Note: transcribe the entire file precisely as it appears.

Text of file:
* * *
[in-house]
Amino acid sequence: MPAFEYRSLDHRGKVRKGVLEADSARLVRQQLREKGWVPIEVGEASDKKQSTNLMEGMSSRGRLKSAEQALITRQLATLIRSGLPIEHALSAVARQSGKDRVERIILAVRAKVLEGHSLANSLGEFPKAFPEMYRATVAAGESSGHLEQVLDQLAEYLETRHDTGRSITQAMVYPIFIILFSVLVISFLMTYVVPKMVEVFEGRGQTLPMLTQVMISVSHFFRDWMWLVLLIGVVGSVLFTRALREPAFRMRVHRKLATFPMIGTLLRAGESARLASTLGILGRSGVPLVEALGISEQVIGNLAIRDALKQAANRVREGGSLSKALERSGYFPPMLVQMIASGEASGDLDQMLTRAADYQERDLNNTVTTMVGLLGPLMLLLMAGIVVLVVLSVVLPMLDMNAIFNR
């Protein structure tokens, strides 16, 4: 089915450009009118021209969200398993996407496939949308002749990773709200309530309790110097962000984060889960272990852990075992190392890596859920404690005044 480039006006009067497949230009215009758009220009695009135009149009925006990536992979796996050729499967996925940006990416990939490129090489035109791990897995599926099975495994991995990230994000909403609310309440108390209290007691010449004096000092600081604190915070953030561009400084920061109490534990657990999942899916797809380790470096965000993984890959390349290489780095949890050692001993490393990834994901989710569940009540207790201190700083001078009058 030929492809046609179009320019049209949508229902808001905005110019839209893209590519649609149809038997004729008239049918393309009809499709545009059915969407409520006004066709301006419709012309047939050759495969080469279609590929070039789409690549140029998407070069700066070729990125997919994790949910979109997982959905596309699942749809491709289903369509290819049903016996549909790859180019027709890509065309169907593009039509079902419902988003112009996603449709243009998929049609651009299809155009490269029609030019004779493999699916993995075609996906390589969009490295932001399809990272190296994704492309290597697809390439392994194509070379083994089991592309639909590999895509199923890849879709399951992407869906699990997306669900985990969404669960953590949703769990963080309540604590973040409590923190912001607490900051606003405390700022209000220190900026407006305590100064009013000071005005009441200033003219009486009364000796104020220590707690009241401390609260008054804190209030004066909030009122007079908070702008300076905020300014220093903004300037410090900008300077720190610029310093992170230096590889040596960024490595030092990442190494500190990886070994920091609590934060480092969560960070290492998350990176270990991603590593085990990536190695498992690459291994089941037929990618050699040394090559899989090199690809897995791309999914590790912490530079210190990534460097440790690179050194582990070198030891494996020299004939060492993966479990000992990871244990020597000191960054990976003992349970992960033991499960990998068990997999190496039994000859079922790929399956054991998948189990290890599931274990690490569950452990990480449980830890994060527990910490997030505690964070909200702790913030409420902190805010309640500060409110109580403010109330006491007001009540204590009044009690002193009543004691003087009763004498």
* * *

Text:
[in-house]
Amino acid sequence: MPAFEYRSLDHRGKVRKGVLEADSARLVRQQLREKGWVPIEVGEASDKKQSTNLMEGMSSRGRLKSAEQALITRQLATLIRSGLPIEHALSAVARQSGKDRVERIILAVRAKVLEGHSLANSLGEFPKAFPEMYRATVAAGESSGHLEQVLDQLAEYLETRHDTGRSITQAMVYPIFIILFSVLVISFLMTYVVPKMVEVFEGRGQTLPMLTQVMISVSHFFRDWMWLVLLIGVVGSVLFTRALREPAFRMRVHRKLATFPMIGTLLRAGESARLASTLGILGRSGVPLVEALGISEQVIGNLAIRDALKQAANRVREGGSLSKALERSGYFPPMLVQMIASGEASGDLDQMLTRAADYQERDLNNTVTTMVGLLGPLMLLLMAGIVVLVVLSVVLPMLDMNAIFNR
């Protein structure tokens, strides 16, 4: 089915450009009118021209969200398993996407496939949308002749990773709200309530309790110097962000984060889960272990852990075992190392890596859920404690005044 480039006006009067497949230009215009758009220009695009135009149009925006990536992979796996050729499967996925940006990416990939490129090489035109791990897995599926099975495994991995990230994000909403609310309440108390209290007691010449004096000092600081604190915070953030561009400084920061109490534990657990999942899916797809380790470096965000993984890959390349290489780095949890050692001993490393990834994901989710569940009540207790201190700083001078009058 030929492809046609179009320019049209949508229902808001905005110019839209893209590519649609149809038997004729008239049918393309009809499709545009059915969407409520006004066709301006419709012309047939050759495969080469279609590929070039789409690549140029998407070069700066070729990125997919994790949910979109997982959905596309699942749809491709289903369509290819049903016996549909790859180019027709890509065309169907593009039509079902419902988003112009996603449709243009998929049609651009299809155009490269029609030019004779493999699916993995075609996906390589969009490295932001399809990272190296994704492309290597697809390439392994194509070379083994089991592309639909590999895509199923890849879709399951992407869906699990997306669900985990969404669960953590949703769990963080309540604590973040409590923190912001607490900051606003405390700022209000220190900026407006305590100064009013000071005005009441200033003219009486009364000796104020220590707690009241401390609260008054804190209030004066909030009122007079908070702008300076905020300014220093903004300037410090900008300077720190610029310093992170230096590889040596960024490595030092990442190494500190990886070994920091609590934060480092969560960070290492998350990176270990991603590593085990990536190695498992690459291994089941037929990618050699040394090559899989090199690809897995791309999914590790912490530079210190990534460097440790690179050194582990070198030891494996020299004939060492993966479990000992990871244990020597000191960054990976003992349970992960033991499960990998068990997999190496039994000859079922790929399956054991998948189990290890599931274990690490569950452990990480449980830890994060527990910490997030505690964070909200702790913030409420902190805010309640500060409110109580403010109330006491007001009540204590009044009690002193009543004691003087009763004498």